Fizzing Over

I made it to Searcy, Arkansas yesterday and to the beautiful campus of Harding University. Here are a few pictures I took while trying to orient myself, and I am such a map-challenged person that it’s good the campus is small. Hopefully, I will not get lost. We started bright and early today at 8 a.m. It’s toasty warm here and the vegetation is intense green from all the extra moisture the Midwest has been receiving this spring.
I sat outside today on a white swinging bench in the shade while doing one of the writing exercises. Who could ask for more.
But there is TONS more happening in this already wonderful workshop. A. LaFaye opened the workshop this morning with her English accent–I hope that’s not one of the requirements for being a succesful children’s author, being able to do humorous accents.
Then Susan Campbell Bartoletti has been wowing us with all of her incredible information for building stories, delving into characters, and creating a soul in your story. I’ll expand later on some of the details.
Plus, this afternoon Carla Killough McClafferty, author of SOMETHING OUT OF NOTHING: MARIE CURIE AND RADIUM, shared with us her insights of writing nonfiction. She showed us how to take facts and weave them into a story by using action verbs and senses.
This evening we’ll break into groups for our first critiques of each others’ writings. It should be interesting because most of the participants are literature teachers.
Already I’m energized and excited–and it’s only day one. I feel like champagne in a bottle and I’m not sure the cork will be able to hold in all this writing knowledge and enthusiasm without spilling over before the workshop is over. Which hopefully means, I will start writing some amazing things–or certainly plant the seeds for more to come.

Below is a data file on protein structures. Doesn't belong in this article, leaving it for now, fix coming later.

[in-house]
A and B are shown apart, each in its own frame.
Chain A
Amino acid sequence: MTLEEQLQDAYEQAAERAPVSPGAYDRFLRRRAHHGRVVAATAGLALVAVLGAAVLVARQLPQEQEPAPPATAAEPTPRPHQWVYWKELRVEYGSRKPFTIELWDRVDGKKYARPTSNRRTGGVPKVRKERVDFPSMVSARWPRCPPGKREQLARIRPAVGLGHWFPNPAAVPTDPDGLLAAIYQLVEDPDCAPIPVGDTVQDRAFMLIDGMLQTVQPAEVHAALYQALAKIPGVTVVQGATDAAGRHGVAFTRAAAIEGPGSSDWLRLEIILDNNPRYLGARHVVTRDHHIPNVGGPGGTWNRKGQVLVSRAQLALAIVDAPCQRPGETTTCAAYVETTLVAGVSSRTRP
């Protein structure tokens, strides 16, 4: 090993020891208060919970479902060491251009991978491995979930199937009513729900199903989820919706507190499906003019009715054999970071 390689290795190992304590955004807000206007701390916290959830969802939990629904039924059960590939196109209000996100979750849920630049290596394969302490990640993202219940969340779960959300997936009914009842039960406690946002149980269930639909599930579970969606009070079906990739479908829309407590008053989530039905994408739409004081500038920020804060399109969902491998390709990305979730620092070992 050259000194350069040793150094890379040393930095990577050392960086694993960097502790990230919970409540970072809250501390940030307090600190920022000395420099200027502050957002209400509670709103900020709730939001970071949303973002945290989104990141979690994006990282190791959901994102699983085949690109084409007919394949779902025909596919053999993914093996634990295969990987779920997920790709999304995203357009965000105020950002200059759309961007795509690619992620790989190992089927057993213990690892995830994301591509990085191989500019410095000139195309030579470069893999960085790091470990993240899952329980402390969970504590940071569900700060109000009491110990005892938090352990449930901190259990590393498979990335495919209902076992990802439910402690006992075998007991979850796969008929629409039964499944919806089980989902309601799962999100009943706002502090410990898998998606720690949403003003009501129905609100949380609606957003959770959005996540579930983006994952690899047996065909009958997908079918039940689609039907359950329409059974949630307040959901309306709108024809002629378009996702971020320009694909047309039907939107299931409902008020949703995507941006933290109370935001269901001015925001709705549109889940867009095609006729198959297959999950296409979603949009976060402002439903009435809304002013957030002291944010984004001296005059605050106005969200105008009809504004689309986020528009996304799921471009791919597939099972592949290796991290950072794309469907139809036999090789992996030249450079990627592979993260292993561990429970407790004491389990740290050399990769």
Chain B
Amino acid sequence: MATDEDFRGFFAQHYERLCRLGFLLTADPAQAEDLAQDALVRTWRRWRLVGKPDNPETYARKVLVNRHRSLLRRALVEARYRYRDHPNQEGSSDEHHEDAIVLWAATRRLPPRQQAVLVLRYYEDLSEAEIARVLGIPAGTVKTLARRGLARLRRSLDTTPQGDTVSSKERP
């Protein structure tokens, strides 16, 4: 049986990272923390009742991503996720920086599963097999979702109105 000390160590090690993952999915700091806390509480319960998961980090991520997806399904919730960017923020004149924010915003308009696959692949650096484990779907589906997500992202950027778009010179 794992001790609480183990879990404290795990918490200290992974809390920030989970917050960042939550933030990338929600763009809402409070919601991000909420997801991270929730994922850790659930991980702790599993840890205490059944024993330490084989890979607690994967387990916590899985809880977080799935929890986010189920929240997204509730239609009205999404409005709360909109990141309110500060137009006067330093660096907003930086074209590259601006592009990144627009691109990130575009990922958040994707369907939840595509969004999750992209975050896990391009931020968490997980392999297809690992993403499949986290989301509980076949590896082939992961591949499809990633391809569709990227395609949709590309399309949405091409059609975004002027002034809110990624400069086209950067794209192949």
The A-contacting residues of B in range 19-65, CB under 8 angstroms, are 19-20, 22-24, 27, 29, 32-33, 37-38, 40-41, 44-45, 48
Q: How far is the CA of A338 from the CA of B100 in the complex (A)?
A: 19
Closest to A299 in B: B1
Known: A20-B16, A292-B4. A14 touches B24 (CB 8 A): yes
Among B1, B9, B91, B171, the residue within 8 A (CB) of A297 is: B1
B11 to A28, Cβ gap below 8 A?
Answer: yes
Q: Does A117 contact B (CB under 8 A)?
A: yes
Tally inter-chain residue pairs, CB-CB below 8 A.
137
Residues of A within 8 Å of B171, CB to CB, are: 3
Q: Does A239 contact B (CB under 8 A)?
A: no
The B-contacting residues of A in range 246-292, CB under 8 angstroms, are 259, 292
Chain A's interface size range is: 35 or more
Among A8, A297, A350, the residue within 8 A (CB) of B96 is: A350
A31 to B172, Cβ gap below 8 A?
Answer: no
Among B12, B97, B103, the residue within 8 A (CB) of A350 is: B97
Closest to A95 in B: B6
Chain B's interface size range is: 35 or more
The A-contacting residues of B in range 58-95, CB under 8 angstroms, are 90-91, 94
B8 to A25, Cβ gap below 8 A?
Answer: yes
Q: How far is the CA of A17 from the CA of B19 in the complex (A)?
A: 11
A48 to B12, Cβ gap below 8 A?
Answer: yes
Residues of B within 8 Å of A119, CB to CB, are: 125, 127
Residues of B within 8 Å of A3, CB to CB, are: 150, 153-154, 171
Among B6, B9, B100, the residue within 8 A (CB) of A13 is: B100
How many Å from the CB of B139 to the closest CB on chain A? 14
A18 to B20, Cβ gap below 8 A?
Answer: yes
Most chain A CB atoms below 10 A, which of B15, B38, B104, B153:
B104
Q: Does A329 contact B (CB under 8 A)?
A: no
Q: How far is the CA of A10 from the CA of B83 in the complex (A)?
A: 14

Teachers As Writers

I’m very excited to be preparing for the TEACHERS AS WRITERS Moebius Workshop at Harding University in Searcy, Arkansas. The authors scheduled for the event include: Susan Campbell Bartoletti, Alexandra LaFaye, Nikki Grimes, and Carla McClafferty. (Patricia Hermes and Phyllis Root unfortunately had to cancel their appearances.)
I’ve been a fan of Alexandra LaFaye since I read her novel, WORTH, which won the 2005 Scott O’dell Award for historical fiction. WORTH was one of those books I didn’t want to come to an end. I felt so moved by the story that I immediately sent fan mail to Ms. LaFaye, who graciously answered my email. So I’m hoping to learn from Ms. LaFaye how to polish my stories into such an endearing masterpieces.
I just finished reading THE BOY WHO DARED by Susan Campbell Bartoletti.
This intense look into a German teen’s life during World War II in Nazi Germany was both compelling and insightful. The story framed this dismal time in history through the eyes of a youth who dared to counter the oppressive military might of the day. Based on a true story, Ms. Bartoletti did extensive research to bring the story to light. Both Ms. Bartoletti and fellow author, Carla McClafferty–author of SOMETHING OUT OF NOTHING:MARIE CURIE AND RADIUM, are masters of historical writing. Ms. McClafferty focuses on scientific facts and figures in her nonfiction books. So I’m hoping to learn many tips on researching and writing historical books from these two amazing authors.
And I’m also looking forward to meeting author and poet, Nikki Grimes. I eagerly sampled some of this versatile author’s works in preparation for the workshop. My favorites were THE ROAD TO PARIS ; WHEN GORILLA GOES WALKING ; AT JERUSALEM’S GATE: POEMS OF EASTER ; WHEN DADDY PRAYS ; and SHOE MAGIC. To listen to this versatile author’s lessons on writing will be incredible, I’m sure.
Check back later when I have time to share some of my experiences at the Teachers As Writers Workshop.